undoubtedly genuine horror. "Of course not, now could
you think such a thing of me, Idril!"

"Whether it is your intent or not such will be the
result." she said inexorably. "Think again, Faramir,
it's not just your life but our father's as well. And
if he dies what becomes of our people left leaderless?
Consider that too before you throw your life away."

It was a horrible afternoon.

Denethor ate not like a Man who was hungry, or one
who was enjoying his food, but like a Man trying
desperately to shut out his thoughts.

For the first time in Pippin's life the sight and
smell of food inspired no appetite. In fact his
stomach rebelled at the thought of swallowing a single
morsel. He was wondering why when suddenly Denethor

"Can you sing, Master Hobbit?"

"Well, yes." he stammered, heart sinking at the very
thought of singing 'The Green Dragon' or any of the
comic drinking songs he knew best to the Lord of Minas
Tirith. "At least, well enough for my own people. But
we have no songs for great halls and evil times."

Denethor gave him a grim look. "And why should your
songs be unfit for my halls? Come, sing me a song."

For a desperate moment all Pippin could think of
was that silly bath song of Merry's 'Sing hey! for the
bath at close of day.' which obviously wouldn't do at
all. Then he remembered Bilbo's favorite walking song
- the one they called the 'Adventurer's song':

"Home is behind, the world ahead,
And there are many paths to tread.
Through shadow, to the edge of night,
Until the stars are all alight.
Mist and shadow, cloud and shade,
All shall fade! All shall fade ..."

The words had never made him cry before, but now,
after all he'd been through, they took on a new
meaning, a new poignance. He struggled against his
tears and Denethor, absorbed in his own pain, either
didn't notice or pretended not to.

It was no better after lunch. The silent Men in
their rich furred gowns cleared the table and took it
and the chair away. Denethor sat again on his throne
and various people were admitted to give counsel or
take orders. Occasionally Pippin would help the Men
set chairs for the visitors, or serve them with wine
and little white cakes.

Gandalf returned and Pippin's nerves clenched,
bracing for another explosion. But nothing of the kind
happened. Instead wizard and Steward had a chilly but
civil discussion of recent happenings in Rohan.
Denethor seemed very interested in Eomer for some
reason; asking about his opinions and what advice he'd
given the King.

It was about teatime, as they reckoned it in the
Shire, when Denethor suddenly looked at him, frowned a
little, and said quite kindly: "You seem weary, my
small liege, have I kept you too long on your feet?"

"I am not used to waiting on the great, my Lord."
Pippin admitted. Then added stoutly: "But I will grow

Denethor smiled. "I have no doubt of it. But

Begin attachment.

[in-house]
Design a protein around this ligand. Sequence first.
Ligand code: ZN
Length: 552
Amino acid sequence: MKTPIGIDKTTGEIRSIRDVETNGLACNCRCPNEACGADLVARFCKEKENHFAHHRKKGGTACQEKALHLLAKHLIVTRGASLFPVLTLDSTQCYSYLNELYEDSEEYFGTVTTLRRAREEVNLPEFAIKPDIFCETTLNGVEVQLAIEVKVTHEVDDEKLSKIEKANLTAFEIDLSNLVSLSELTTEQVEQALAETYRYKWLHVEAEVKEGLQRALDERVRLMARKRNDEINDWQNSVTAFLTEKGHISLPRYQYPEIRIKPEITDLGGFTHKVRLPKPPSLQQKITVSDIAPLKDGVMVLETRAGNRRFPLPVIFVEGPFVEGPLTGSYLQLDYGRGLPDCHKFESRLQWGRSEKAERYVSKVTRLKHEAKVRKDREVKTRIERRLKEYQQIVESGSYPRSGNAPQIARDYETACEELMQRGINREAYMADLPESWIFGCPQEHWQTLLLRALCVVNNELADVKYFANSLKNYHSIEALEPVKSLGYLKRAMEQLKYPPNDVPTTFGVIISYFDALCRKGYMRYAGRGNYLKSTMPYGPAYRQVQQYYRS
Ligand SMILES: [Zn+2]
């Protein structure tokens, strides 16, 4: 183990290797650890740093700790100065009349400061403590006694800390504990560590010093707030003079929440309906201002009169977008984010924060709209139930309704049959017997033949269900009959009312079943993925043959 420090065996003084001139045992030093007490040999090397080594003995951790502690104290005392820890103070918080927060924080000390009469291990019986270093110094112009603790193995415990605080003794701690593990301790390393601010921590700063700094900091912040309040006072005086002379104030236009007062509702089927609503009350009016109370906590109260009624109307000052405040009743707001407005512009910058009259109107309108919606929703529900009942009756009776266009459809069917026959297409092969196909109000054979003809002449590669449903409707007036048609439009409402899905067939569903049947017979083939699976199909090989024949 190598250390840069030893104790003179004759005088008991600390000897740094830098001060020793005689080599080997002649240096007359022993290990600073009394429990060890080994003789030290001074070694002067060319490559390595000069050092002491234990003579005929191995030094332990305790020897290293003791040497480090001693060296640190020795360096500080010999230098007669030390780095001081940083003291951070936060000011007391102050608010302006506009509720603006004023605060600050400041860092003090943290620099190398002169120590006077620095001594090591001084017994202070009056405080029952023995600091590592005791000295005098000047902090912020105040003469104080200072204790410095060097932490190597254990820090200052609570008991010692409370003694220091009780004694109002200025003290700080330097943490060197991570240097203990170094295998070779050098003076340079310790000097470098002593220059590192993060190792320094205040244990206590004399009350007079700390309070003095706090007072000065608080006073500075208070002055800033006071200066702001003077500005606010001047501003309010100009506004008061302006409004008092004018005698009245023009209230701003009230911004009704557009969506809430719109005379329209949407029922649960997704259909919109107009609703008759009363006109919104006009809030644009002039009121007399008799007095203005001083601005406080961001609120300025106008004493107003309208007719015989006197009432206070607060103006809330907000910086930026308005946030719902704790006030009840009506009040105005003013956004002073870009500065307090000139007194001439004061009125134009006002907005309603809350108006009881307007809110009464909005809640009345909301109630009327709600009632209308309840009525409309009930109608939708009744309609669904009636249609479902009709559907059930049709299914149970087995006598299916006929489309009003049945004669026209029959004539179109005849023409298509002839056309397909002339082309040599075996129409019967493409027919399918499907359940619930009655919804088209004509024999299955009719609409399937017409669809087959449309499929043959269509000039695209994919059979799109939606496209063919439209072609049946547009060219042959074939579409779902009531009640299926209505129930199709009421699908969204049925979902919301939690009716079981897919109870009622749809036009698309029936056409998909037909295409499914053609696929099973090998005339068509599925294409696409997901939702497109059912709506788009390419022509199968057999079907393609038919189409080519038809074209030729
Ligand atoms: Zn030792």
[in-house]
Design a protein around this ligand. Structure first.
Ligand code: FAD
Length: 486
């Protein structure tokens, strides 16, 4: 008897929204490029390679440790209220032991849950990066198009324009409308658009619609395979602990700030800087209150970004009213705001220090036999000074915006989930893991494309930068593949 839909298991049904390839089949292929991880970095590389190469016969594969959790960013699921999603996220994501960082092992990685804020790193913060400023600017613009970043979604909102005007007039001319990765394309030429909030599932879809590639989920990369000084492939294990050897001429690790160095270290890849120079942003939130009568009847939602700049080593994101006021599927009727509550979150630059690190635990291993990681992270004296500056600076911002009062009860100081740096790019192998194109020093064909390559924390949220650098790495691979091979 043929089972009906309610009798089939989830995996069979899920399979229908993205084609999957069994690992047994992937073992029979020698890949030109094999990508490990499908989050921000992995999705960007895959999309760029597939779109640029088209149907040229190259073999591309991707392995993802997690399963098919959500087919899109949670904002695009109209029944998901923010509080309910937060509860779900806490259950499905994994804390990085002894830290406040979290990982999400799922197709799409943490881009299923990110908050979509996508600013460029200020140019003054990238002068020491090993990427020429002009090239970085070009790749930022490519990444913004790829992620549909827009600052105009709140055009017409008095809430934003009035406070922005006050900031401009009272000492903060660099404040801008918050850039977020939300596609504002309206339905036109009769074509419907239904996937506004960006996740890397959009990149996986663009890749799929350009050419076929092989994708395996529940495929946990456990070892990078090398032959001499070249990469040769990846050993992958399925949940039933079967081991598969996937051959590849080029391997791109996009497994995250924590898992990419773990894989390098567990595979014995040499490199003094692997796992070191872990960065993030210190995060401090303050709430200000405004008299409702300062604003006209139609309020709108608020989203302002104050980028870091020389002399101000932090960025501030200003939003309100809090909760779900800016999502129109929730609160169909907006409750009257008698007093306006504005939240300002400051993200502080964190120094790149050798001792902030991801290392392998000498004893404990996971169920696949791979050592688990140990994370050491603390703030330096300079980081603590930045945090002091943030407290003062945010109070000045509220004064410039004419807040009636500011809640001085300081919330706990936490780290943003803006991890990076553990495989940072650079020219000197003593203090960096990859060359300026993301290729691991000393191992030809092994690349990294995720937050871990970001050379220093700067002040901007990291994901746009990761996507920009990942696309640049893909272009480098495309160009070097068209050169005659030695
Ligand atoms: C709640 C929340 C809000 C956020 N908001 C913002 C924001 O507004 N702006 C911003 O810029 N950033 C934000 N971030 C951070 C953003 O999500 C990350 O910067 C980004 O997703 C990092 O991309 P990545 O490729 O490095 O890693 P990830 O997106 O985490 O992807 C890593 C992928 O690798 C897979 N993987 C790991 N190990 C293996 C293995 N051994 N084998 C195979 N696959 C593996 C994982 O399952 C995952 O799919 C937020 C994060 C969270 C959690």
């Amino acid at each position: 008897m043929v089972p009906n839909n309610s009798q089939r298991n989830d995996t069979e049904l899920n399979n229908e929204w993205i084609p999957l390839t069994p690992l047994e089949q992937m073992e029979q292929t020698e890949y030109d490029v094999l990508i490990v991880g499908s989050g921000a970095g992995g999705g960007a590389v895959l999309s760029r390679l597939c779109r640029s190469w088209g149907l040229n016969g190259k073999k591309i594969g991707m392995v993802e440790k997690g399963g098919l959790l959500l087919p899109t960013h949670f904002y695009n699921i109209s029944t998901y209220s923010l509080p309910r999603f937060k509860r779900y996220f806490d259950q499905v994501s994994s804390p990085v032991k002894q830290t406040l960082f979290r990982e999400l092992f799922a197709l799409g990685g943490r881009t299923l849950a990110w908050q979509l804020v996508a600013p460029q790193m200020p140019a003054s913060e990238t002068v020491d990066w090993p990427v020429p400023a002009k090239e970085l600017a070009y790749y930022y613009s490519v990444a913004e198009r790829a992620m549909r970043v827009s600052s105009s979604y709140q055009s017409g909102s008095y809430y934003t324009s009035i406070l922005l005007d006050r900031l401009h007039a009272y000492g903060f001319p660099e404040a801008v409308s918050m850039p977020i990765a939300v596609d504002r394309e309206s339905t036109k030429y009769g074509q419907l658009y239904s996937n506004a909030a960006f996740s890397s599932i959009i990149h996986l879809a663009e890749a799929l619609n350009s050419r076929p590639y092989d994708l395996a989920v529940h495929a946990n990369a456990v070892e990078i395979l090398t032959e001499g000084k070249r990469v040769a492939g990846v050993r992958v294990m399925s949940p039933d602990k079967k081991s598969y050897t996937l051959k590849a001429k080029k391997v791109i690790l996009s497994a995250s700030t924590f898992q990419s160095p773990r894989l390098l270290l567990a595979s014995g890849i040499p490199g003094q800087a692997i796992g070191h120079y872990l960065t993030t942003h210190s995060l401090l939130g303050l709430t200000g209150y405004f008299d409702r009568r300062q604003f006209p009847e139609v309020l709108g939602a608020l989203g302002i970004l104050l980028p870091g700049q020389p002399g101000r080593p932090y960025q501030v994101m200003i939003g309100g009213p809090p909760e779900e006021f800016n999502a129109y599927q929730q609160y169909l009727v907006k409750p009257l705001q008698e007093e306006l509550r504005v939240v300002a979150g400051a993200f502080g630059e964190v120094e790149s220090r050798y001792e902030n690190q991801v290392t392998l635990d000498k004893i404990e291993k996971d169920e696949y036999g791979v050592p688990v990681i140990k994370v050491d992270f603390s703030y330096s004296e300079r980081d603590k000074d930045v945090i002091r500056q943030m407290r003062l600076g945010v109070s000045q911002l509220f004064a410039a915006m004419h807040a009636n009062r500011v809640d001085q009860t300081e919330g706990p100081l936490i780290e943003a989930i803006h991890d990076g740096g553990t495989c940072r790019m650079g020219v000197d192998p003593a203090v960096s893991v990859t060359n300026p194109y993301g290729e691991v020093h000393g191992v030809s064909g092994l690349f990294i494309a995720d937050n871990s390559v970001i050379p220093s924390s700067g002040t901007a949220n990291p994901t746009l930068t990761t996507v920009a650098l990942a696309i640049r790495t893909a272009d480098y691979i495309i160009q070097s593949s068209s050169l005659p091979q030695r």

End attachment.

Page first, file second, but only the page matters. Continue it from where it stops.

perhaps it would be wise to limit your hours of
attendance at first, I do not wish to outwear you! You
are dismissed for the rest of the day, Master
Peregrin. Return to me tomorrow at the third hour."

Pippin bowed and went down the long marble floor,
past the towering statues and silent Menservants, to
the great doors which a guard opened for him.

The shadows of hall and tower darkened the court
outside where the Fountain Guards in their black robes
and strange winged helmets still stood watching over
the bleached and withered trunk of a dead tree. Beyond
them the black clouds over Mordor, lit by red fire
beneath, seemed to have come closer, almost
overshadowing the city. Pippin's heart sank to his

Here he stood in the great fortress and city of
Middle Earth, dressed in armor with the sign of the
White Tree on his breast like he belonged there - but
he didn't. He sat down on the steps of the Hall and
put his head in his hands. He wanted Merry. he wanted
to be safe home in the Shire and for none of this to
have happened.

"Are you all right, Master Halfling?" a voice asked
with concern.

Pippin started, looked up, then started again. One
of the Fountain Guards was looming over him, helmet
under his arm, gazing down with a kindly expression on
a face that reminded Pippin strongly of Aragorn, or
perhaps of a younger Denethor.

"Yes I'm fine!" the Man looked skeptical and Pippin
felt constrained to add: "That is to say no. But
there's nothing much wrong, just a touch of
homesickness." He consulted his insides and said
thoughtfully: "I should eat something I think, but I
can't say I have much appetite. Not to mention not
knowing where the dining rooms or kitchens are."

The Man smiled. "Now there I can help you. As my
Lord's esquire the messes of all the companies of the
Guard are open to you. If you like I will take you to
that of my own old company."

"Please!" said Pippin with relief. "And thank you,
Master - ?"

"Beregond son of Baranor." the Man said and offered
his hand.

"Peregrin Took." Pippin replied, taking it. "Or
rather 'son of Paladin' as your folk would say, and very
pleased to meet you."